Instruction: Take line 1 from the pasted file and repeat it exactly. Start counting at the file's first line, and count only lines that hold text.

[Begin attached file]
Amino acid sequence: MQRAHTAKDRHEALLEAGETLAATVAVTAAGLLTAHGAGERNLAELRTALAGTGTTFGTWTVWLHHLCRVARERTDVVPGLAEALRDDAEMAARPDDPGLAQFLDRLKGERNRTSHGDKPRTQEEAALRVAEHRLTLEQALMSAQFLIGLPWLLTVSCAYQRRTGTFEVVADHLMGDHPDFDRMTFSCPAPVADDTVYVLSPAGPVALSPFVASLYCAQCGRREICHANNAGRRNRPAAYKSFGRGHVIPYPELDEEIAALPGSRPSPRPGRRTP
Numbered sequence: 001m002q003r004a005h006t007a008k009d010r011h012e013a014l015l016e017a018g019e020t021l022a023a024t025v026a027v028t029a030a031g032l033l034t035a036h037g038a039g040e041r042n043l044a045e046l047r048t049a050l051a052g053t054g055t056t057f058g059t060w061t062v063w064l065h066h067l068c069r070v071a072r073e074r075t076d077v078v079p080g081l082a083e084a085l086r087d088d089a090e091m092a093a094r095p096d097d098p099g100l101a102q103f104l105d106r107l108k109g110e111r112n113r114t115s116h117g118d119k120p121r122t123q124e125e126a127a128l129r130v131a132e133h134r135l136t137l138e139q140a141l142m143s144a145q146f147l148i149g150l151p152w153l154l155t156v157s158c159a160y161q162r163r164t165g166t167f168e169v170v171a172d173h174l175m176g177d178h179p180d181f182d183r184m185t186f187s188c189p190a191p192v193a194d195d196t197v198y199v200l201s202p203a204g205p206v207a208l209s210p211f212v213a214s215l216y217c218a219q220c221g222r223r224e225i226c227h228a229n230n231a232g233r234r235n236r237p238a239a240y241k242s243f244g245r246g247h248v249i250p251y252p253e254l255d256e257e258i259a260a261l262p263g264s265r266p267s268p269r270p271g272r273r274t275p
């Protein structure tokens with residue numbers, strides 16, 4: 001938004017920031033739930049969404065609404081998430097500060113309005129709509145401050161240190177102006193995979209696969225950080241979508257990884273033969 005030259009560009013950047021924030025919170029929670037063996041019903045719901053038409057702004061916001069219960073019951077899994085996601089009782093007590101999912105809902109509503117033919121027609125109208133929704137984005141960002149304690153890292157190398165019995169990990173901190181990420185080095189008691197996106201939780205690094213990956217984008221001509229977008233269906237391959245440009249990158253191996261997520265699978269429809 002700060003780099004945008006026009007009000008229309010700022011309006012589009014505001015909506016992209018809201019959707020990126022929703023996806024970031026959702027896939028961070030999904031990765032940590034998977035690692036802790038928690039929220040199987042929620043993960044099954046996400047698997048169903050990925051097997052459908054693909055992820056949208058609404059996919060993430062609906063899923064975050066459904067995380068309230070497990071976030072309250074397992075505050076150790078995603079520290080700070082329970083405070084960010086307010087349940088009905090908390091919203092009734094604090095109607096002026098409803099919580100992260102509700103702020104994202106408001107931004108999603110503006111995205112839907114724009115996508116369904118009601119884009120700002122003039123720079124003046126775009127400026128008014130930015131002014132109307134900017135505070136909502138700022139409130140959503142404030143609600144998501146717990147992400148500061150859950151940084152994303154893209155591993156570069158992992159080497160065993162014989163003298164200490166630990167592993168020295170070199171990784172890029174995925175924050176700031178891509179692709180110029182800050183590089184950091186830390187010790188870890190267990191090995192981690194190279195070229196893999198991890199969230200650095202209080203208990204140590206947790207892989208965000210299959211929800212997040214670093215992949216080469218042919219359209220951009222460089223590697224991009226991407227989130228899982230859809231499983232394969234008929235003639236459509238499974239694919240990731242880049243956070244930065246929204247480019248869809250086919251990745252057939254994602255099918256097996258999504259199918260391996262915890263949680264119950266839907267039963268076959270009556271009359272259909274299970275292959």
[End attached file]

Amino acid sequence: MQRAHTAKDRHEALLEAGETLAATVAVTAAGLLTAHGAGERNLAELRTALAGTGTTFGTWTVWLHHLCRVARERTDVVPGLAEALRDDAEMAARPDDPGLAQFLDRLKGERNRTSHGDKPRTQEEAALRVAEHRLTLEQALMSAQFLIGLPWLLTVSCAYQRRTGTFEVVADHLMGDHPDFDRMTFSCPAPVADDTVYVLSPAGPVALSPFVASLYCAQCGRREICHANNAGRRNRPAAYKSFGRGHVIPYPELDEEIAALPGSRPSPRPGRRTP